Here's a quick test of your English vocabulary: Which English verb possibly comes from the same Indo-European root word as oír? If you know what oír means and guessed "hear," you're off to a good start.
Here's the harder question: Which English verb comes from the same Latin verb as does the Spanish verb escuchar, which means "to listen"? Don't know? Find out in our newest lesson, on using oír and escuchar.
What's the best way to translate the title of the hit song Let It Go into Spanish? Even the folks at Disney, who produced the movie Frozen that features the award-winning song, don't have a single answer.
In preparing a Spanish language soundtrack for distribution of the film in Spain and Latin America as well as U.S. Spanish-speaking audiences, Disney used two versions of the song. One, titled Suéltalo, translated "let it go" literally (you can hear it here), while another, Libre soy (here), took considerable liberties, using a title that means "I'm free."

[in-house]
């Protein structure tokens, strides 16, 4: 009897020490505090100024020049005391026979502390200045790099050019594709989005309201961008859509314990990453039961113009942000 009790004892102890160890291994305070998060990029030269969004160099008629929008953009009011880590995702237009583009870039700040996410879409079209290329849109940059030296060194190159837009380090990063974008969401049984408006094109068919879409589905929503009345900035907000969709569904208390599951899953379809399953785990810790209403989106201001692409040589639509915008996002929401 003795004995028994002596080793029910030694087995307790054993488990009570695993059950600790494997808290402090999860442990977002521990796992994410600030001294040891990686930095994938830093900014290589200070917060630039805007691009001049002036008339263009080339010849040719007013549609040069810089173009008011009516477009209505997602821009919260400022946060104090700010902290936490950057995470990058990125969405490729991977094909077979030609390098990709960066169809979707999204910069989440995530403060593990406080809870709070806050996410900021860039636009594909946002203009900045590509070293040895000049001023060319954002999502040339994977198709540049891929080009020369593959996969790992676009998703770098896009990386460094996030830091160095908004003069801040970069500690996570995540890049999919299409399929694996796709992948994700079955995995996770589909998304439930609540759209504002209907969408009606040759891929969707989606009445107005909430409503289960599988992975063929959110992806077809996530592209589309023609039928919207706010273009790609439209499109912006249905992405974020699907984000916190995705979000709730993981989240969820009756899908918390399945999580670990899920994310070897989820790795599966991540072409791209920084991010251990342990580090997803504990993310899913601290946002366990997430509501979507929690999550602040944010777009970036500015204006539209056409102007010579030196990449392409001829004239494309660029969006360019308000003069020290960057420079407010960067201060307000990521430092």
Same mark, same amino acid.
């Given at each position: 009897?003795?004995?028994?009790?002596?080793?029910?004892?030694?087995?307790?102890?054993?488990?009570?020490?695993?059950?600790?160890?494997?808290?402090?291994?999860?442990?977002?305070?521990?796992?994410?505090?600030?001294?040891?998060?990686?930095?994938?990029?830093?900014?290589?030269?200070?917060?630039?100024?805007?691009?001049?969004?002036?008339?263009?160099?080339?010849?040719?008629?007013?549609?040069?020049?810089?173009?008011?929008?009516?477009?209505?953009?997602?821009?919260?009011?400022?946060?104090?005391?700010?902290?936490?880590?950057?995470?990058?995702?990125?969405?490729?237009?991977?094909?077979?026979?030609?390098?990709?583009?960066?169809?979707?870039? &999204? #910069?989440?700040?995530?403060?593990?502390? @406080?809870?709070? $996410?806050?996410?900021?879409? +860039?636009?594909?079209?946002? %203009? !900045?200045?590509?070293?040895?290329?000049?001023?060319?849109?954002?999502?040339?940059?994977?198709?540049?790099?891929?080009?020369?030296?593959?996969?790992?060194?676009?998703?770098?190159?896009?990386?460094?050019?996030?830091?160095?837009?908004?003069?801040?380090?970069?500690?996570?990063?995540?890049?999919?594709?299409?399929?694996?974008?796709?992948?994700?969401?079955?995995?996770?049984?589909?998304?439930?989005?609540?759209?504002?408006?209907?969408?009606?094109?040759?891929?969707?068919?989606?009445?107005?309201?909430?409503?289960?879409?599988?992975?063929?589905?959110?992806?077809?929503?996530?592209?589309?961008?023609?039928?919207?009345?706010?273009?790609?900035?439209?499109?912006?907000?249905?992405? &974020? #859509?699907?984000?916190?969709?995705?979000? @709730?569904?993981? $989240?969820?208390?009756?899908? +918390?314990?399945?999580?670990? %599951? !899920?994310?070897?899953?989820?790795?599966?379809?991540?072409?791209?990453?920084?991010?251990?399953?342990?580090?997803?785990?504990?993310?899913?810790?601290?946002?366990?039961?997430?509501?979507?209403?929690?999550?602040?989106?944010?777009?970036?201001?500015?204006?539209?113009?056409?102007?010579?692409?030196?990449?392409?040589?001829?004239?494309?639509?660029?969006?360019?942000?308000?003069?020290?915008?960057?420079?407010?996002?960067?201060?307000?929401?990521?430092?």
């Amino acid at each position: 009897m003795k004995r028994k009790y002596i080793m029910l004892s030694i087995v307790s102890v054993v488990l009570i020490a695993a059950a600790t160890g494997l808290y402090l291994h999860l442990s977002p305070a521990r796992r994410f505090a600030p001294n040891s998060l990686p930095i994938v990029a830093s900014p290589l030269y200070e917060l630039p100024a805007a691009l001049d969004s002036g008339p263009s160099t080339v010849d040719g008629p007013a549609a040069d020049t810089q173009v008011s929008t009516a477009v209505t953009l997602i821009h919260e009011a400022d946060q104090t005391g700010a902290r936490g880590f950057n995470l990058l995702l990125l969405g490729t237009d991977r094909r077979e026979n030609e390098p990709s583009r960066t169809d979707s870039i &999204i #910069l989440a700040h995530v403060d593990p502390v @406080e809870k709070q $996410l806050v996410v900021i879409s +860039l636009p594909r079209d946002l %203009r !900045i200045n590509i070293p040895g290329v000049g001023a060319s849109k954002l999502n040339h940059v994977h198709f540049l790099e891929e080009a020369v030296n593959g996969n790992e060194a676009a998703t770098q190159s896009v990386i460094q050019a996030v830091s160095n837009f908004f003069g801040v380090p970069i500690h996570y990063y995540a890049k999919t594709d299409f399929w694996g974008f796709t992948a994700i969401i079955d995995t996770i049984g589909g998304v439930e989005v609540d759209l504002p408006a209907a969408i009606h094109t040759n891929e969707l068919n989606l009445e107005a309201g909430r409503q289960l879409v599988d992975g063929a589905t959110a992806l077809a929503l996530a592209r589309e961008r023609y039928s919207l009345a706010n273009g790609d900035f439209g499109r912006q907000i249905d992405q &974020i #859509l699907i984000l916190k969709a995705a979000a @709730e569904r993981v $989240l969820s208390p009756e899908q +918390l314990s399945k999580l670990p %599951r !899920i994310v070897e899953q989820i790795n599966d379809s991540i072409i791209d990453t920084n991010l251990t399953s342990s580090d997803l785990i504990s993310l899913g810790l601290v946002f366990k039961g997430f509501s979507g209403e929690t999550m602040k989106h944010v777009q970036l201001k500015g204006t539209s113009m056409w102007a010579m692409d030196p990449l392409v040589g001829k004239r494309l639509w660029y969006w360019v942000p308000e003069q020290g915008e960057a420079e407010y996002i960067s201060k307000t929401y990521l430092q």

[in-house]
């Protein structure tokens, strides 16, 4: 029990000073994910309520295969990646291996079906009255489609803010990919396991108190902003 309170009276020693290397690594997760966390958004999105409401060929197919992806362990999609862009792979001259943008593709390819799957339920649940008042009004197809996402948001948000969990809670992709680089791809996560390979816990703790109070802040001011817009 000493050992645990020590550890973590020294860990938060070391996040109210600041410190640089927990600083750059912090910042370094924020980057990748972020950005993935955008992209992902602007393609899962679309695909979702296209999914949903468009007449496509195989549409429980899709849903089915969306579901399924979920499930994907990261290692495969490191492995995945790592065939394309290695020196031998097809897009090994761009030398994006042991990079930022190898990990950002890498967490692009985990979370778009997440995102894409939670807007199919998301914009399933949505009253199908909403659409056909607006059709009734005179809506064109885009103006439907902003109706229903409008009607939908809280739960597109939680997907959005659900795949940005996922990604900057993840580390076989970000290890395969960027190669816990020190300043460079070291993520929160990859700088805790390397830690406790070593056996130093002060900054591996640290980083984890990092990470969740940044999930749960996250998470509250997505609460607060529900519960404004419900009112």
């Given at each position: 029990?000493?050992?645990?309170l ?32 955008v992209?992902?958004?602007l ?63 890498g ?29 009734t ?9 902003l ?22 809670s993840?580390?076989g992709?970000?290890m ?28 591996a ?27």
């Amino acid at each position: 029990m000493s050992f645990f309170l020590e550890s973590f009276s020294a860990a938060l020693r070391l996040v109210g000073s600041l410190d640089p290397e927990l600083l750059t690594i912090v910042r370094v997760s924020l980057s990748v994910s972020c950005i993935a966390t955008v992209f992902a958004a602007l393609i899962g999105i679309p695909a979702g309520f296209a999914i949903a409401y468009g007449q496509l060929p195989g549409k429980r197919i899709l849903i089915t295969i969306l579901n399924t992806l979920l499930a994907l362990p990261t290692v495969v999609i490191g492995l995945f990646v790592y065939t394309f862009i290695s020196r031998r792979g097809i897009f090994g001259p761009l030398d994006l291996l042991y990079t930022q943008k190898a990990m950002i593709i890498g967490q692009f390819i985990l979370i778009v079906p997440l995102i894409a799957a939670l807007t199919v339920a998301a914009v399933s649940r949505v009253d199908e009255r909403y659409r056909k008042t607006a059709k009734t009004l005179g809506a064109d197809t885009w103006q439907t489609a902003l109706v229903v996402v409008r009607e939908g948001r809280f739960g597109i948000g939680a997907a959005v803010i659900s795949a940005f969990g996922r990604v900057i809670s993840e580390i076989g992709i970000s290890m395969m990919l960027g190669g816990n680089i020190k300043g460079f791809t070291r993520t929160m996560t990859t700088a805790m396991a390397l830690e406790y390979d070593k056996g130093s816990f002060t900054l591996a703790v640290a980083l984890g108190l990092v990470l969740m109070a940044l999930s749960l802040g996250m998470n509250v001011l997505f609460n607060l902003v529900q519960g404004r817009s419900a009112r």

Which translation — or perhaps the second should be called an interpretation — is better? Read More...
Habits die hard, and one of them those of us who grew up speaking English have is thinking that the "b" and the "v" are pronounced
differently. That's true enough in English — but not in Spanish! In terms of pronunciation, b and v
might as well be the same letter in Spanish. (That's one reason many native Spanish speakers get the two letters mixed up while spelling, and why a few words, such as ceviche
, are correct with either spelling.)
What can make matters mildly difficult is that the sound of b/v can vary depending on where it appears in relation to other sounds. Read More...
both mean "quality" — but their meanings are different. Our lesson on comparing two words derived from the Latin qualitas